Another very important part of baking cookies- don’t over mix your dough.  The cookies may turn out tough and hard.  As the flour is added to the creamed mixture, work quickly until the flour is incorporated.  Stop the mixer at this point.


buttery sugar cookie dough

The dough probably won’t look like the above photo.  You will most likely have a bit of flour in the bottom of the bowl.  To remedy this, remove the bowl from the mixer, set it on a low table and dig in…with clean hands of course.  Knead the dough directly in the bowl until it looks like the photo above.


Buttery Sugar Cookie Dough LogRemove the dough from the mixer bowl and place on a piece of parchment paper.  Knead briefly as you start shaping it into a log or ball, your preference.


Buttery Sugar Cookie DoughCut the log in half.  You can start working with the dough right away or wrap it well in plastic wrap and place in a zippered bag.

This dough can be stored in the fridge for up to two weeks or frozen for up to two months.  I’ve tried both refrigeration and freezing, and they still come out delicious.  Once baked, you can store them in an airtight container for up to a week and a half or two weeks.

For decorated cookies, it’s best to eat them as fresh as possible (considering the decorating process) and not pass more than 7 days.  Really, this is also a personal preference of each cookie fiend…I don’t like the texture after 5 days, but my family and friends will eat them after 7 plus days with no complaints.

Just try and see 🙂

Buttery Sugar Cookie Recipe
A sweet, soft and very buttery sugar cookie. Perfect for detailed decorating with glace, royal, or fondant icing. Or just plain with some sugar sprinkled on top. Excellent for all your holiday cookie needs.
Serves: About 18-20 cookies, ¼" thick, depending on cookie cutter size.
  • 3 cups all-purpose flour (12oz/340g)
  • 1 teaspoon baking powder (optional)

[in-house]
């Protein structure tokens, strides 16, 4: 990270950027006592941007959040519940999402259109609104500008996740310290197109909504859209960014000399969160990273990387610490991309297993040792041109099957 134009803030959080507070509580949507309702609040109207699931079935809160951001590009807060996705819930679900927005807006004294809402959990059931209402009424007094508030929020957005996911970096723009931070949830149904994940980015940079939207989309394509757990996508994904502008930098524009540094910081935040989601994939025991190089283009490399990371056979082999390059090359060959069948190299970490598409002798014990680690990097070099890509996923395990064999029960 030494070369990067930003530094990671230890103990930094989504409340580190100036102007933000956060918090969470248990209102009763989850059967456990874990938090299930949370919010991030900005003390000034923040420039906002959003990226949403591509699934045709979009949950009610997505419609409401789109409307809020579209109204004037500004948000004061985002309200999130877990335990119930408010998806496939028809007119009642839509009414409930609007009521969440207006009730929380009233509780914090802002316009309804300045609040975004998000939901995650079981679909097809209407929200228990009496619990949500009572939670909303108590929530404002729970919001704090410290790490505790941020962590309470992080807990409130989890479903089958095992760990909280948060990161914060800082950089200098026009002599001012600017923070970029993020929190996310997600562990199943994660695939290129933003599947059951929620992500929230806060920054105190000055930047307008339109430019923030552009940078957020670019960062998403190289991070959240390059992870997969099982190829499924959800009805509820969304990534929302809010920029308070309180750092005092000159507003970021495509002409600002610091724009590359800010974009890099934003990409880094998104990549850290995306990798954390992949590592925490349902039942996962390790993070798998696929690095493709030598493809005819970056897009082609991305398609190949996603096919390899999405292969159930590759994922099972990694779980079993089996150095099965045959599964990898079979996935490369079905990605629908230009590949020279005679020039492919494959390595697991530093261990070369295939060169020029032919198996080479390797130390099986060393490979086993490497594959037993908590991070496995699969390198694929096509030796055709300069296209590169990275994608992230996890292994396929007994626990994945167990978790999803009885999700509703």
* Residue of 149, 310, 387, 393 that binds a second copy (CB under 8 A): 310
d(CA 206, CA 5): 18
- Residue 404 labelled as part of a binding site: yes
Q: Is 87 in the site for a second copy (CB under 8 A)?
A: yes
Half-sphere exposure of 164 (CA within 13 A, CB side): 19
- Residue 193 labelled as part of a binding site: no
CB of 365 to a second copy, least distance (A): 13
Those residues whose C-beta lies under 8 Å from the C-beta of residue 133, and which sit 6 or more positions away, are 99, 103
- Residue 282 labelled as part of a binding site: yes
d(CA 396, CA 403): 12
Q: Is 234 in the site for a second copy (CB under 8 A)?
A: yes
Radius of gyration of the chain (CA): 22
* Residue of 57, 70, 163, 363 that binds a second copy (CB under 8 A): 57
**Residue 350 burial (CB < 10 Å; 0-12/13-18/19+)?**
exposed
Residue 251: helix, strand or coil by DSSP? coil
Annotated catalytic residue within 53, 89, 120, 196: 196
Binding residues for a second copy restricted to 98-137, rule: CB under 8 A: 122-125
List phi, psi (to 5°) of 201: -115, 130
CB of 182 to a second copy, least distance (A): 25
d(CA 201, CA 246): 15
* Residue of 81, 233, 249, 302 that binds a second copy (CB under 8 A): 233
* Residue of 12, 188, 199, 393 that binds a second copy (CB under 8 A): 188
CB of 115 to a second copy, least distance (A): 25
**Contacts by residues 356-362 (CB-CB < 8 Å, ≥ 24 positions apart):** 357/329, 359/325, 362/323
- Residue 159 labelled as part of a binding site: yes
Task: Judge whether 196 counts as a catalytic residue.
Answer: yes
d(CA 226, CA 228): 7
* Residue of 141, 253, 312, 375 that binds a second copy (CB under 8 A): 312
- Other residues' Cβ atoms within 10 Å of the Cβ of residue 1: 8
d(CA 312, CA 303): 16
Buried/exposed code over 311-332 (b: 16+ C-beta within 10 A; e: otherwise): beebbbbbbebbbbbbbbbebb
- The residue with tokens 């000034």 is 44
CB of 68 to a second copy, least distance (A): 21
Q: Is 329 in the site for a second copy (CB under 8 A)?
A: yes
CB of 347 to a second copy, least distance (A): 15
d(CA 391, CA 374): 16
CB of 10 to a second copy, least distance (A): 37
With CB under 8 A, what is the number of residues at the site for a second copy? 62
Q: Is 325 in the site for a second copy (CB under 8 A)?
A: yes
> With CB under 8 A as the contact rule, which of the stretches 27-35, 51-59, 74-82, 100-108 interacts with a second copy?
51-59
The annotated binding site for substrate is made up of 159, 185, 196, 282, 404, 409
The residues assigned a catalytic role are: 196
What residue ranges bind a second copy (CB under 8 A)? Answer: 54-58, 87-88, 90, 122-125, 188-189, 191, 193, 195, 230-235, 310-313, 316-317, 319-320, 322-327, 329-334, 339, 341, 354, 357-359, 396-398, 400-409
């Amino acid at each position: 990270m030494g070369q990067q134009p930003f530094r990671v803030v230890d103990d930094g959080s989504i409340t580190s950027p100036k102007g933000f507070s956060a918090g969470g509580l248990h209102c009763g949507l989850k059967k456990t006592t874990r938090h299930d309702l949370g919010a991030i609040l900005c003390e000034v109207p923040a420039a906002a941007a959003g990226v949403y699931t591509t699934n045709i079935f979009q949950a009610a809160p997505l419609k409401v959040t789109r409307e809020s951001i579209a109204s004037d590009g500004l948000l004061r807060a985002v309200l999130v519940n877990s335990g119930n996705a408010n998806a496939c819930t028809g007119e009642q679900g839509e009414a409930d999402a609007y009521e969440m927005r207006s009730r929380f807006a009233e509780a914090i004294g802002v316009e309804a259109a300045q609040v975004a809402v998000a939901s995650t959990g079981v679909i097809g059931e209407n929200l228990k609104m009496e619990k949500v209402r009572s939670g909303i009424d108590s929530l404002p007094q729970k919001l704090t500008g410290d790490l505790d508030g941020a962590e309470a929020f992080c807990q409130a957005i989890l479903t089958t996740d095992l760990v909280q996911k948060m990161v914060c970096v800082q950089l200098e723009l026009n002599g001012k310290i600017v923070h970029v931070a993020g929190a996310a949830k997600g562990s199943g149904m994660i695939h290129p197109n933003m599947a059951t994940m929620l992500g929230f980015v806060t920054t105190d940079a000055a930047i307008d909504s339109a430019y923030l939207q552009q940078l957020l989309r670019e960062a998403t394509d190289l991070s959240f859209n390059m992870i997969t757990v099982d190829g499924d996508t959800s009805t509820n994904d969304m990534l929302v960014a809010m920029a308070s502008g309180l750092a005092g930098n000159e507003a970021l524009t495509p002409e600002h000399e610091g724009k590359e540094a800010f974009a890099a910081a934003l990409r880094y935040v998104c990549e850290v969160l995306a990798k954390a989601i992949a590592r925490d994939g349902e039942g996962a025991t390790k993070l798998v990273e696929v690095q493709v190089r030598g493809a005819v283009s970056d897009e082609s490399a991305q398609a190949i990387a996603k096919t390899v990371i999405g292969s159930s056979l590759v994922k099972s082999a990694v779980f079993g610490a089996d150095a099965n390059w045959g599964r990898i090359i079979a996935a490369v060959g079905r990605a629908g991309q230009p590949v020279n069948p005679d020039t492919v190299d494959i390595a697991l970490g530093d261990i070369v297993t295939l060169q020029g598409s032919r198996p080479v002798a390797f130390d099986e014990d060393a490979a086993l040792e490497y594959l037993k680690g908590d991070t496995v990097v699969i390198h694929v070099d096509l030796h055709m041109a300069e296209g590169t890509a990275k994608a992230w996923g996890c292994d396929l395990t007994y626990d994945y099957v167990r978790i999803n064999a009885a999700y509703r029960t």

• ½ teaspoon salt
  • 1 cup unsalted butter (8oz/230g) at room temperature
  • 1 cup granulated sugar (8oz/230g)
  • 1 large egg at room temperature
  • 2 teaspoons vanilla extract
  1. Take out butter and eggs and let them come to room temperature.
  2. If baking today, preheat the oven to 350F.
  3. Before measuring your flour, use a wire whisk to aerate the flour where it is stored.
  4. Measure the flour by scoop and sweep method.
  5. In a separate bowl, combine the flour, baking powder, if using, and salt. Using the wire whisk, mix the dry ingredients.
  6. Place butter and sugar in the bowl of your mixer. Using the paddle attachment, cream butter and sugar until light and fluffy, approximately 2-3 minutes. Make sure to stop and scrape the bowl halfway through mixing.
  7. Add the egg and beat approximately one minute.
  8. Stop and scape down the dough. Add the vanilla extract while the mixer is stopped.
  9. Beat vanilla approximately one more minute.
  10. Reduce mixer speed to the lowest setting.
  11. Slowly add the flour mixture to the creamed mixture, continuing on the lowest mixer setting.
  12. Scrape down the sides of the bowl continuously.
  13. Once you add the last amount of flour mixture, mix for 30 seconds on the lowest setting.
  14. Stop the mixer.
  15. Mix the dough by hand: either pour the dough mixture onto a sheet of parchment paper and knead or keep the dough in your mixer bowl, immerse your hands into the bowl and knead.
  16. Roll into a ball or log.
  17. Cover with cling wrap and place in a plastic bag in the refrigerator or freezer until ready to use.
  18. If baking immediately, bake cookies for 10 to 12 minutes or until edges of cookies begin to brown lightly.
*Some bakers omit the baking powder and produce flatter, denser cookies.

*Others sift the flour. I find using the whisk to be sufficient.

*I have always used the scoop and sweep method of measuring flour with this recipe and find it is very consistent.

*This recipe can be frozen for up to two months with excellent results.

*This recipe can also be stored in the refrigerator for up to 2 weeks.